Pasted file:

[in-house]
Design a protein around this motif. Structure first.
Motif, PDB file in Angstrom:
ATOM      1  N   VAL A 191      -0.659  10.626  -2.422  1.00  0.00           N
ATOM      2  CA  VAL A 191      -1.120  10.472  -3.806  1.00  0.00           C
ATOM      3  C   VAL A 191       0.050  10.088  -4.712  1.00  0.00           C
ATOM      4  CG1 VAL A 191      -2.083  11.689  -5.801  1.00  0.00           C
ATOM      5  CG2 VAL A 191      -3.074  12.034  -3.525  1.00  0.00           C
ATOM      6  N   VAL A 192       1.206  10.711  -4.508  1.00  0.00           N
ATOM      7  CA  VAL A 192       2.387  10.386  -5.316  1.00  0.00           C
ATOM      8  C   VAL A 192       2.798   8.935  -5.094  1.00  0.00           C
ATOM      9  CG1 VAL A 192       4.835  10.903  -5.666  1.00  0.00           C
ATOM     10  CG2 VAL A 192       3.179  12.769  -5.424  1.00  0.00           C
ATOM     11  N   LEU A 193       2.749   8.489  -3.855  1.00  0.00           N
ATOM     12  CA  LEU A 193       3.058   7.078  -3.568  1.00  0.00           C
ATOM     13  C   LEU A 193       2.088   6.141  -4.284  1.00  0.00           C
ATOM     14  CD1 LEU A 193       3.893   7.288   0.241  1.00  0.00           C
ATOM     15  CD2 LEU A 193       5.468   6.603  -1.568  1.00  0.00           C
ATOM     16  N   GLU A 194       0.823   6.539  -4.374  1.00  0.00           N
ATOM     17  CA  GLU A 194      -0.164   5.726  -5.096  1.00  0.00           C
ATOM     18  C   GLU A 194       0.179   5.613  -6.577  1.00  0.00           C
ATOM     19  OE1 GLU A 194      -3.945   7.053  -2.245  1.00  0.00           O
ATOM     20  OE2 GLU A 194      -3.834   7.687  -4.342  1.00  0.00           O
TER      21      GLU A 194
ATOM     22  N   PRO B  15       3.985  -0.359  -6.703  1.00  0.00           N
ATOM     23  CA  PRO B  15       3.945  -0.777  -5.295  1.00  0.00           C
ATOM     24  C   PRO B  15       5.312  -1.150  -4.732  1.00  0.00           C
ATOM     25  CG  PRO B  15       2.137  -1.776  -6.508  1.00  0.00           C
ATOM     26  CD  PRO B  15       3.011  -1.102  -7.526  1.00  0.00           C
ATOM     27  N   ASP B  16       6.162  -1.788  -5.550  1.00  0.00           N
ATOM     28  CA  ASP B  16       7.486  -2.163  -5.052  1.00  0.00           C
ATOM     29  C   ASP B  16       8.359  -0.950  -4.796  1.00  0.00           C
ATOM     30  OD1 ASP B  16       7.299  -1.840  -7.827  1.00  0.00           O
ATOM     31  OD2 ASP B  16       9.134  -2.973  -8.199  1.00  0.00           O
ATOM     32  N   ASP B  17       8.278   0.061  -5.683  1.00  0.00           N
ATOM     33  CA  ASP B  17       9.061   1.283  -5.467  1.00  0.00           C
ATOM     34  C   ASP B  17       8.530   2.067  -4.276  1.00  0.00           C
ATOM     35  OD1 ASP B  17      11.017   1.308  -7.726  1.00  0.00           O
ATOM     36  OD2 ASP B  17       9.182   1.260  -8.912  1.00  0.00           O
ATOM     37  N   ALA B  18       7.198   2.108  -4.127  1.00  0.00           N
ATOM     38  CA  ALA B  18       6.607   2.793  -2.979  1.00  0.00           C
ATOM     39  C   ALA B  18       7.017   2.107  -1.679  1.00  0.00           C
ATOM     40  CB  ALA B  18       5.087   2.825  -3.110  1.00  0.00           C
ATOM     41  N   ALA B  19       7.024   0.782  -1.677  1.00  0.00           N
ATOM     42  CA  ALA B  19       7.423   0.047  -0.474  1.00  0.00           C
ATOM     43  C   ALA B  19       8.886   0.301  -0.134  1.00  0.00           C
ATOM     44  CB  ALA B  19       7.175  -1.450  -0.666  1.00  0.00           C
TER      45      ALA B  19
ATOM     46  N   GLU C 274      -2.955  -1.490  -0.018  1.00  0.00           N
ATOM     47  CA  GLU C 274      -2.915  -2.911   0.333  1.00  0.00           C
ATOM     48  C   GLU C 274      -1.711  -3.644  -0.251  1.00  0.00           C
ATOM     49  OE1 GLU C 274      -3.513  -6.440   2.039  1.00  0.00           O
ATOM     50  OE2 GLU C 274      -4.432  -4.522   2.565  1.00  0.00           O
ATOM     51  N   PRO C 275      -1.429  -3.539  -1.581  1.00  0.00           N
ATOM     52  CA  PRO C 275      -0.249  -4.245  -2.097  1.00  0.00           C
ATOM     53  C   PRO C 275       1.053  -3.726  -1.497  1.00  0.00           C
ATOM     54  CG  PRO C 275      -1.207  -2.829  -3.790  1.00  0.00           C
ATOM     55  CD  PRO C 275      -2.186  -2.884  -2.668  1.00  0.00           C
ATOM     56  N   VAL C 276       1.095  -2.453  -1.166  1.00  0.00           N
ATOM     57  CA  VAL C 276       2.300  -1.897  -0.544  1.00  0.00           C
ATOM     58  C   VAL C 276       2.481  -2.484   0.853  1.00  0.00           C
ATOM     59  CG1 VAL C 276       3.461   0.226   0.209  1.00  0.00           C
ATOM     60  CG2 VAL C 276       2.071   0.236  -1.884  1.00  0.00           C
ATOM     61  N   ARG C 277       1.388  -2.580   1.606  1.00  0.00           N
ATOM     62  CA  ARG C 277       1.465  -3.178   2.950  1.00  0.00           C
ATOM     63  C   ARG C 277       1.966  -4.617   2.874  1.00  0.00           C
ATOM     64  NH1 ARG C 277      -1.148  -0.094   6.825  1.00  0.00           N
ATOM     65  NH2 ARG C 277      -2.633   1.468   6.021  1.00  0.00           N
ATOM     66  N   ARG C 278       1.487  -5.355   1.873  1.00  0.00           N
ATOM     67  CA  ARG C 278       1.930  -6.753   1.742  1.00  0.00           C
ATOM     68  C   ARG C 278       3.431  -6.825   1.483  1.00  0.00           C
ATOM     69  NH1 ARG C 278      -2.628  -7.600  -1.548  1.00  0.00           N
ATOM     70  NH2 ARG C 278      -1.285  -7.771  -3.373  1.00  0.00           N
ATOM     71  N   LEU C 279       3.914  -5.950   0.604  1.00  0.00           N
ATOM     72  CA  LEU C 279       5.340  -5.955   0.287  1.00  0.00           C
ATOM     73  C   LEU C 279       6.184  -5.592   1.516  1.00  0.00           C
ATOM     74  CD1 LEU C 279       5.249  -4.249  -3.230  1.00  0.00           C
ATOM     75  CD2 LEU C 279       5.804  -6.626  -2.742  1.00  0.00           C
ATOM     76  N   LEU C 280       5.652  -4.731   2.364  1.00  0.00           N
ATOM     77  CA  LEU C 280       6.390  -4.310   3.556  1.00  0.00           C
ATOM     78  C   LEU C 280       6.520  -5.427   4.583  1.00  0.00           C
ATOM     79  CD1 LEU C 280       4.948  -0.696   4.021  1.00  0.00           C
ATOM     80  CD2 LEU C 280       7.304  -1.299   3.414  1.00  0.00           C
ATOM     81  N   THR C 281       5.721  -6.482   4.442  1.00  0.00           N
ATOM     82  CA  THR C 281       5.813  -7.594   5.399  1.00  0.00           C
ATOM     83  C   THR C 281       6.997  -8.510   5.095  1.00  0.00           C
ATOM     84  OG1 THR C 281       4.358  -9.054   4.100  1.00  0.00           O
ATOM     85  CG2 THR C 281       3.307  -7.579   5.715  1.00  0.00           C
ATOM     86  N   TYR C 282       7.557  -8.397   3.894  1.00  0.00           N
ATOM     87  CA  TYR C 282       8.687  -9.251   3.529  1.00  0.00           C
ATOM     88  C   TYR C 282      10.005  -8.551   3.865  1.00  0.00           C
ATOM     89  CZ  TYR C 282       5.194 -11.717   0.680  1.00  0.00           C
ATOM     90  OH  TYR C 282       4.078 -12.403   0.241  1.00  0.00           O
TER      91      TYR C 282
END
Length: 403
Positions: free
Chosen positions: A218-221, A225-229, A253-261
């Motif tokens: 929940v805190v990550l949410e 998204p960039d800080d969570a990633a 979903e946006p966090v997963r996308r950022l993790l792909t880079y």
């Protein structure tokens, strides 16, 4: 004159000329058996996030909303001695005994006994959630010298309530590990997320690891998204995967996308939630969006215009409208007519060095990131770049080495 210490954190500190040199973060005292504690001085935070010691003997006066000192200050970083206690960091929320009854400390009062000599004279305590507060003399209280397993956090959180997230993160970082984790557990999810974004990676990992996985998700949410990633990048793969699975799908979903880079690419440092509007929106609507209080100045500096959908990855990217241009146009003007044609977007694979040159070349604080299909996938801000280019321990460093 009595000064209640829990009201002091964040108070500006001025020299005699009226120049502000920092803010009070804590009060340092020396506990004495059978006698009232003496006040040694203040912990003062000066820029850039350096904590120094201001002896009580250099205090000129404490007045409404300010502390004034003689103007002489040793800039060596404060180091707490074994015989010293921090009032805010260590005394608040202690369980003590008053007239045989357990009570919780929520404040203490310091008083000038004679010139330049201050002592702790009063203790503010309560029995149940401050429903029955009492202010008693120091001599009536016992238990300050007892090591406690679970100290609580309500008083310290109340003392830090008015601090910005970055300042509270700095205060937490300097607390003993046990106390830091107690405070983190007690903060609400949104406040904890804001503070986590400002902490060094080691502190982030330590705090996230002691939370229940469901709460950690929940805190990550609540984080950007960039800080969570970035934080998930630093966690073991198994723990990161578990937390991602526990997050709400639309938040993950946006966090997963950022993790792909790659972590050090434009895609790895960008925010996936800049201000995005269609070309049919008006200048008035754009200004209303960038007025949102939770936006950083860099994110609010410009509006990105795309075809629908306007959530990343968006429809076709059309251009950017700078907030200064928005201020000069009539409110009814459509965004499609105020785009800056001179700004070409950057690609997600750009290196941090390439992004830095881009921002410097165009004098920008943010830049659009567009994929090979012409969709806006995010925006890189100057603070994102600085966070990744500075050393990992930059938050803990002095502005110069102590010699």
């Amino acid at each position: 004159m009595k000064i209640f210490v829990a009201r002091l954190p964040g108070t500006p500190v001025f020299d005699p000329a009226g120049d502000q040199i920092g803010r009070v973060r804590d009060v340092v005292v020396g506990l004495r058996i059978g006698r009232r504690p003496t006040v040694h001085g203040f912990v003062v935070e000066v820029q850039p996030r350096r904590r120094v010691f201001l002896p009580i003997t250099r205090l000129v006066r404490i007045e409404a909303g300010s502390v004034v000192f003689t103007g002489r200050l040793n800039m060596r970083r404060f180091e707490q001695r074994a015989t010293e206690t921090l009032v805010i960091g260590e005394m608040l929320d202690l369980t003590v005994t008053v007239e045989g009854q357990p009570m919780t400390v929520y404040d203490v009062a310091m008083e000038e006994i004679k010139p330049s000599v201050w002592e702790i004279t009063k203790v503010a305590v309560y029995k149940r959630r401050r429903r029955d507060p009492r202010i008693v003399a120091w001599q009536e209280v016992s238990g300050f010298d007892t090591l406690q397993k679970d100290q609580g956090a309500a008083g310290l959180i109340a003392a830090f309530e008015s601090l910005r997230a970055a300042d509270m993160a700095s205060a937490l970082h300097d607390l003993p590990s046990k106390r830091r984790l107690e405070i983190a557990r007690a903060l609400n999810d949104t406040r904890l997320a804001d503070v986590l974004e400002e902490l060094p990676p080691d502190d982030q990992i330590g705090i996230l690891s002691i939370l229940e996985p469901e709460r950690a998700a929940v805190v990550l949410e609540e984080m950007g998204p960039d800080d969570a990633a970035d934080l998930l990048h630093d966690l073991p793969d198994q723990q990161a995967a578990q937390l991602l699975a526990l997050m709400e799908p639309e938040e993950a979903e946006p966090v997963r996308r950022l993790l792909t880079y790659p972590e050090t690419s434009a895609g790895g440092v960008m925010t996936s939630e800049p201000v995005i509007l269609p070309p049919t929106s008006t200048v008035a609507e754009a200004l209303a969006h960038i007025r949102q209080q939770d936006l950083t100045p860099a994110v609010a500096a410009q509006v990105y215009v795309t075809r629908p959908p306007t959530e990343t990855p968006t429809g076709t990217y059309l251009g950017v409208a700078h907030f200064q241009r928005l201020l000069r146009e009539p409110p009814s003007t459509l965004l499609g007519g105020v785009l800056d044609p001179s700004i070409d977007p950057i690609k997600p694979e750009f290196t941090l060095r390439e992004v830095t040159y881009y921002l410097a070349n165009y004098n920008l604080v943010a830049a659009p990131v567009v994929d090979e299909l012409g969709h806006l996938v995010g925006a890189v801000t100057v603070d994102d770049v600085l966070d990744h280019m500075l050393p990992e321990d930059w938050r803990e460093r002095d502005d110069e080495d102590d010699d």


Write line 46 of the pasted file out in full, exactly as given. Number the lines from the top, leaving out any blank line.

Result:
ATOM     43  C   ALA B  19       8.886   0.301  -0.134  1.00  0.00           C